23 August 2019
Rising living costs and political concerns are prompting some Hong Kong people to make fresh plans to migrate overseas, particularly to Canada. Photos: Bloomberg
Rising living costs and political concerns are prompting some Hong Kong people to make fresh plans to migrate overseas, particularly to Canada. Photos: Bloomberg

HK inflation, political concerns fuel fresh Canada interest

Difficulties in running local businesses, rising inflation and an uncertain political environment are the main reasons cited by Hong Kong people who are seeking to migrate overseas, according to a report.

Among the various options, Canada remains a favored choice for Hong Kong emigrants, Ming Pao Daily noted Tuesday.

The paper cited the case of a Hongkonger, identified by his surname — Lam, who is seeking to move back to Canada after spending the past couple of decades here.

Lam, who initially migrated to Canada when he was 11, had returned to Hong Kong to set up a business 20 years ago. But he now wants to go back as he is finding it difficult to run the business due to the renminbi’s appreciation, the report said.

Lam got married in Hong Kong and started a business with his wife to sell ballroom dancing costumes procured from mainland factories. But the renminbi’s appreciation has driven up his costs, posing a headache. 

Lam’s wife — a person surnamed Siu — added that disappointment with the Hong Kong government and inflation were also part of the reason why the couple decided to go back to Canada. Rising prices due to mainland visitors helped the duo make up its mind to leave Hong Kong, even as they have an unrealized gain of about HK$4 million on a house in Fanling.

Canada has been drawing an increasing number of applications from Hong Kong people for migration to Canada in the past couple of years. A lawyer named Lawrence Wong said the applications could be stemming from dissatisfaction with the social changes and unclear political prospects in the city, according to a separate Ming Pao report on Monday.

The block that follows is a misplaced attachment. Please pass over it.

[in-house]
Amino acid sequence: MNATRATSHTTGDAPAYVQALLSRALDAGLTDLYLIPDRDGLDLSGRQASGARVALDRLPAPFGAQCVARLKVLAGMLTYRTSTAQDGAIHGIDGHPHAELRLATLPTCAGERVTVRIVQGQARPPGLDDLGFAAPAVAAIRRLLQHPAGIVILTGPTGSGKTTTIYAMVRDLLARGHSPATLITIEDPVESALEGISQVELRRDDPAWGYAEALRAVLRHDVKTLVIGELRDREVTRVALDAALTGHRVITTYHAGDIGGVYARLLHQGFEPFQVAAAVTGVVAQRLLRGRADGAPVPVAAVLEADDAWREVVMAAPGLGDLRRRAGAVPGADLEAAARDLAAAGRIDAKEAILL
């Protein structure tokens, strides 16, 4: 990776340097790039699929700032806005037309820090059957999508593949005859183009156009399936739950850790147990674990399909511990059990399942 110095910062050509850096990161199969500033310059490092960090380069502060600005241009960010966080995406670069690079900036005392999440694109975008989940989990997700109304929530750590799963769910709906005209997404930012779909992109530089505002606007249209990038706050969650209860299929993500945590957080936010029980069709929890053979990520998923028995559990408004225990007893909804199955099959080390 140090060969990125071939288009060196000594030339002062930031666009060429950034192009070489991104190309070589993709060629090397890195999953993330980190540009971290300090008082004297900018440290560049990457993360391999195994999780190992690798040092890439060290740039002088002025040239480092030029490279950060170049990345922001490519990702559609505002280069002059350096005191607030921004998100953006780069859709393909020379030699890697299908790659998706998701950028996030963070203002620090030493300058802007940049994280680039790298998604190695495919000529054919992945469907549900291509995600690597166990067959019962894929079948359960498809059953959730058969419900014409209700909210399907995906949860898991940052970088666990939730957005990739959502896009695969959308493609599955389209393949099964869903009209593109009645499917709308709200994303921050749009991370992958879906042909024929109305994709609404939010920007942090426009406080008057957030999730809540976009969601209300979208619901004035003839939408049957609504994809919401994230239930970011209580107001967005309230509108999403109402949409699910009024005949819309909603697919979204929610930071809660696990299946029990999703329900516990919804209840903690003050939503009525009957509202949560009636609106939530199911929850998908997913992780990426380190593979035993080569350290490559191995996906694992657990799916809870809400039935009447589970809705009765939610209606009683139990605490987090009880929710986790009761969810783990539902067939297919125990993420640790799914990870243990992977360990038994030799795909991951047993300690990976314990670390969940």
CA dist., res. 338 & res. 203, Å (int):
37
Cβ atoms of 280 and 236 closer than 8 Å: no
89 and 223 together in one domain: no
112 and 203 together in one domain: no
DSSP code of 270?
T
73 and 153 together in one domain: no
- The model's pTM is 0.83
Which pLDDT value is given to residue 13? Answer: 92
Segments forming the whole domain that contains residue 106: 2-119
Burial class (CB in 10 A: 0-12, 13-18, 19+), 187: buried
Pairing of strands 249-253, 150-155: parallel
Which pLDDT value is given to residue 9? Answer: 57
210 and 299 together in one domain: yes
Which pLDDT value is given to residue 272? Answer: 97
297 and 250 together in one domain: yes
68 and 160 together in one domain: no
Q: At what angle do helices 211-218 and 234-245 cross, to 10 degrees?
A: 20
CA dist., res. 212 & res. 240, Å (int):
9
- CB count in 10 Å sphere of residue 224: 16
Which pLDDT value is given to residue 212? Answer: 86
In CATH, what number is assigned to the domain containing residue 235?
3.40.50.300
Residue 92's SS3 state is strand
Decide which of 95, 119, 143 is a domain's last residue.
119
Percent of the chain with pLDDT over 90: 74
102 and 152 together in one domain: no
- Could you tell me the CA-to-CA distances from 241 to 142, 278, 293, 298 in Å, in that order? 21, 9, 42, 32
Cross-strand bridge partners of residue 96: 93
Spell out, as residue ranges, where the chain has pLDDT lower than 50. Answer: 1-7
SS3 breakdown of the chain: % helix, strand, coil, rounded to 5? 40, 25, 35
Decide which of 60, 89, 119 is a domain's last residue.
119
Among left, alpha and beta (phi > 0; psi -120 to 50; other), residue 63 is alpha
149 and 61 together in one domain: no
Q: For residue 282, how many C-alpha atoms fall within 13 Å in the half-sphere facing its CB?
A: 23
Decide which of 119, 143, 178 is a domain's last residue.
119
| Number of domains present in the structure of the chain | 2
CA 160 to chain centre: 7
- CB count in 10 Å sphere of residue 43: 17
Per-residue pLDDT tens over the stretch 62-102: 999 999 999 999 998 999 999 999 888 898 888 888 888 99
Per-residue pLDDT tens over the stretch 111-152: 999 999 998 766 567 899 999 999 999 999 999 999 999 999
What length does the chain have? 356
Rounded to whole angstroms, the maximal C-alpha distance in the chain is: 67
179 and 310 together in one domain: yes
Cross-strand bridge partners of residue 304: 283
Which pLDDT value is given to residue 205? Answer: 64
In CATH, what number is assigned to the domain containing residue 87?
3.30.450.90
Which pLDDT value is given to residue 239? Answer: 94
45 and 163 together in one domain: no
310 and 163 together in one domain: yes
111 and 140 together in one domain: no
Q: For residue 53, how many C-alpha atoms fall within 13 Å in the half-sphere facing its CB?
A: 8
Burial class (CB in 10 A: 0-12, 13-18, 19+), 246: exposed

There were 717 applications filed for Canada migration from Hong Kong last year, up 26.2 percent from 2011 when there were 568 such applications.

Sonia Lesage, a spokesperson for the Canadian Immigration Authority, said the applications are mostly routed through the agency’s Hong Kong office. But some people also apply while they are studying or working in Canada, while some seek entry for spouses.

Wong said it will be difficult to apply unless one is fluent in English and has received an employment letter as Canada has been trimming down the migration quota in the recent past.

Alexander Ning, who works as a notary public and immigration and refugee counselor, said people who had the ability to migrate had done so before 1997, when Hong Kong returned to Chinese rule. Wannabe migrants who are still in Hong Kong either do not have enough capital or were unable to meet other conditions, he said. 

He added that uneasy living conditions in Canada had stopped some Hong Kong people from applying for migration. The surge in Canada application number might not be all contributed by Hong Kong people, but might include mainlanders who received Hong Kong identity cards in recent years, Ning said.

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